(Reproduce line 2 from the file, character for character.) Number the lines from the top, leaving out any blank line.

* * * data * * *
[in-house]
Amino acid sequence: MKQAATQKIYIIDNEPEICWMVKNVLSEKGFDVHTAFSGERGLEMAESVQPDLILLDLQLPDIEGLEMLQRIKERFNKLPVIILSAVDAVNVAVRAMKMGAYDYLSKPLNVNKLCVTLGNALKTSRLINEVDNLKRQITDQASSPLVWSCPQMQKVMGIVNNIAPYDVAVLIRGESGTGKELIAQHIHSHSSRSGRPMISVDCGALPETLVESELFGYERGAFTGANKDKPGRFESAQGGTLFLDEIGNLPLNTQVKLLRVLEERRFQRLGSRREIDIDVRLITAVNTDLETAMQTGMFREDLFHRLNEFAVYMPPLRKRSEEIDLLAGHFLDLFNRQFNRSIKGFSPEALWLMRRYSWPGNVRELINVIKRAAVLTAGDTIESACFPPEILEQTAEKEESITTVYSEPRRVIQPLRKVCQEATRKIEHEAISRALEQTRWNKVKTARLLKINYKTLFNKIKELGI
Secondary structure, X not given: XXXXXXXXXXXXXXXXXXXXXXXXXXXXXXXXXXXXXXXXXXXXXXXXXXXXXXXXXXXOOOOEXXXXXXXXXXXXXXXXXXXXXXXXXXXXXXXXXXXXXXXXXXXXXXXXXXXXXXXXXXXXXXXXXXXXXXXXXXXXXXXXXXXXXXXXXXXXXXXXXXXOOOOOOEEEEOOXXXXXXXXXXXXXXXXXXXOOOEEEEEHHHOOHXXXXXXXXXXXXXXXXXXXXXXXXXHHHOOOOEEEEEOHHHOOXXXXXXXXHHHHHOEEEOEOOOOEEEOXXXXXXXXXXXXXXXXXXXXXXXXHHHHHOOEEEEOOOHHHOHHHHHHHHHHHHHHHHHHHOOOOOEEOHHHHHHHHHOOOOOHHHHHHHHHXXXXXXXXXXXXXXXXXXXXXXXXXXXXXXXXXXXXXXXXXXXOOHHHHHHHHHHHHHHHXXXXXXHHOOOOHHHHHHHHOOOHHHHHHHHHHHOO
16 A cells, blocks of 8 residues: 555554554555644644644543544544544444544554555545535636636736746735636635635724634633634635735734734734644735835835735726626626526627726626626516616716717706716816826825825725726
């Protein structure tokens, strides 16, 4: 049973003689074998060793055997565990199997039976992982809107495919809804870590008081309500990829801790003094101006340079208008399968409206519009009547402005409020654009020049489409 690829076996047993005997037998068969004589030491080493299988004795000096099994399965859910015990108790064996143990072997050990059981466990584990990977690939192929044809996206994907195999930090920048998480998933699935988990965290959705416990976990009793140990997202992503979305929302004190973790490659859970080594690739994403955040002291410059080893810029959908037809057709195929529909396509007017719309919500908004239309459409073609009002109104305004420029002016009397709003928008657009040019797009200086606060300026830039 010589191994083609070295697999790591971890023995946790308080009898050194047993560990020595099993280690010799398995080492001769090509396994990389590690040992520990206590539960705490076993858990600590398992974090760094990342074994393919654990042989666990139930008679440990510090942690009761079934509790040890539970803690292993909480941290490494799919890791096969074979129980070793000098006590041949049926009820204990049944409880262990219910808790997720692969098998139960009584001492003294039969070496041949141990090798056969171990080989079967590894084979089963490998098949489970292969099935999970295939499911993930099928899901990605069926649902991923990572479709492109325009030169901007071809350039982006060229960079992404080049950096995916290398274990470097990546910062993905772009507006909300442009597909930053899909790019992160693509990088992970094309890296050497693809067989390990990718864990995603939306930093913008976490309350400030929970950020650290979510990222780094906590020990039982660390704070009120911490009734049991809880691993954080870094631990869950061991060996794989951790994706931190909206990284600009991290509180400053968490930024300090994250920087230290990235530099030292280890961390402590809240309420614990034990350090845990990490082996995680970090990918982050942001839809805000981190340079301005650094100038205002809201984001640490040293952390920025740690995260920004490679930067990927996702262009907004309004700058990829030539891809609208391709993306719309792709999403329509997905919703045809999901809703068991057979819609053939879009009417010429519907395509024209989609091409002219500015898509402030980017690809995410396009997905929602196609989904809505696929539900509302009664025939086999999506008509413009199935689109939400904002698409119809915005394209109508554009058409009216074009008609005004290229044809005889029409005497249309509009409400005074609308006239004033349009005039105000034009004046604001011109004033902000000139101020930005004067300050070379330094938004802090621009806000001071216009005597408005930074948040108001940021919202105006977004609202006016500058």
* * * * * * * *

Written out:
Amino acid sequence: MKQAATQKIYIIDNEPEICWMVKNVLSEKGFDVHTAFSGERGLEMAESVQPDLILLDLQLPDIEGLEMLQRIKERFNKLPVIILSAVDAVNVAVRAMKMGAYDYLSKPLNVNKLCVTLGNALKTSRLINEVDNLKRQITDQASSPLVWSCPQMQKVMGIVNNIAPYDVAVLIRGESGTGKELIAQHIHSHSSRSGRPMISVDCGALPETLVESELFGYERGAFTGANKDKPGRFESAQGGTLFLDEIGNLPLNTQVKLLRVLEERRFQRLGSRREIDIDVRLITAVNTDLETAMQTGMFREDLFHRLNEFAVYMPPLRKRSEEIDLLAGHFLDLFNRQFNRSIKGFSPEALWLMRRYSWPGNVRELINVIKRAAVLTAGDTIESACFPPEILEQTAEKEESITTVYSEPRRVIQPLRKVCQEATRKIEHEAISRALEQTRWNKVKTARLLKINYKTLFNKIKELGI